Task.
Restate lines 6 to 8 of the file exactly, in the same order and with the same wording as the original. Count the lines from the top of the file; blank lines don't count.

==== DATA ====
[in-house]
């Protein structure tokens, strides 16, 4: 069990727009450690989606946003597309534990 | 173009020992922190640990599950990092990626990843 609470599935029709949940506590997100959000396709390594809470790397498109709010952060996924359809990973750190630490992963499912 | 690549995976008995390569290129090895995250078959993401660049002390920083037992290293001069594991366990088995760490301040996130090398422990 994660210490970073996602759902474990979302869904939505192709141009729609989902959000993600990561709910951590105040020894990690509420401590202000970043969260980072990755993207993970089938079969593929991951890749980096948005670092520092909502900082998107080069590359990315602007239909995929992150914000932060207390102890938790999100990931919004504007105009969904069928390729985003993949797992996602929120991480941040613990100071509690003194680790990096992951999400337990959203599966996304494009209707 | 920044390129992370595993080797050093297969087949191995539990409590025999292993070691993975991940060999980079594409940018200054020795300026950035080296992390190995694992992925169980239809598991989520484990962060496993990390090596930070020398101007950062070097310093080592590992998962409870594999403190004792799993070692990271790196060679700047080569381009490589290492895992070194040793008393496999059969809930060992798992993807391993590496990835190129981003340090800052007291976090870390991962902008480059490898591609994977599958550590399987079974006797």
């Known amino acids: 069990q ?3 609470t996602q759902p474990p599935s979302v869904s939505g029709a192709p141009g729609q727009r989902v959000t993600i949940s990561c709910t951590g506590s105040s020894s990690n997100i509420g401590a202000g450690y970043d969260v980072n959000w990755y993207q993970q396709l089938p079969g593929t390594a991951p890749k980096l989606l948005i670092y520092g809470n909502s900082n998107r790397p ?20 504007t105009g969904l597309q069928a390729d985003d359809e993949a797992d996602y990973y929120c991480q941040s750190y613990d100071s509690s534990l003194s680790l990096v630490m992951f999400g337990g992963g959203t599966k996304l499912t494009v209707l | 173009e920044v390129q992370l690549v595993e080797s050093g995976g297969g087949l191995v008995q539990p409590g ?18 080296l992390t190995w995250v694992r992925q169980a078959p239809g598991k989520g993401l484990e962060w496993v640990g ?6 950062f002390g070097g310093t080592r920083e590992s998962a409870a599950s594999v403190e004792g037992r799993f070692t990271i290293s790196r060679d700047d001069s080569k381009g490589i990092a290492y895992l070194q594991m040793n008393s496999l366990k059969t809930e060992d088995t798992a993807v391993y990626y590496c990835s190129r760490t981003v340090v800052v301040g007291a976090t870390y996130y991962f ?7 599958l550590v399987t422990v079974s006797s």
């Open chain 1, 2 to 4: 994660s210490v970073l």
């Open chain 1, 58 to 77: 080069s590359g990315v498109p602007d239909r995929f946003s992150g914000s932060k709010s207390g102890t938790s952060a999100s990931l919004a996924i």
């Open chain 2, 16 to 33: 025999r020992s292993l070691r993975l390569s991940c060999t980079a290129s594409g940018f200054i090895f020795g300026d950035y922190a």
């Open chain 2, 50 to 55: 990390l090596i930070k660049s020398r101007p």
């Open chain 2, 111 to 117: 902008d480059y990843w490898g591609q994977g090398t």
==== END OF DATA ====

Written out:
């Open chain 2, 16 to 33: 025999r020992s292993l070691r993975l390569s991940c060999t980079a290129s594409g940018f200054i090895f020795g300026d950035y922190a």
């Open chain 2, 50 to 55: 990390l090596i930070k660049s020398r101007p």
């Open chain 2, 111 to 117: 902008d480059y990843w490898g591609q994977g090398t």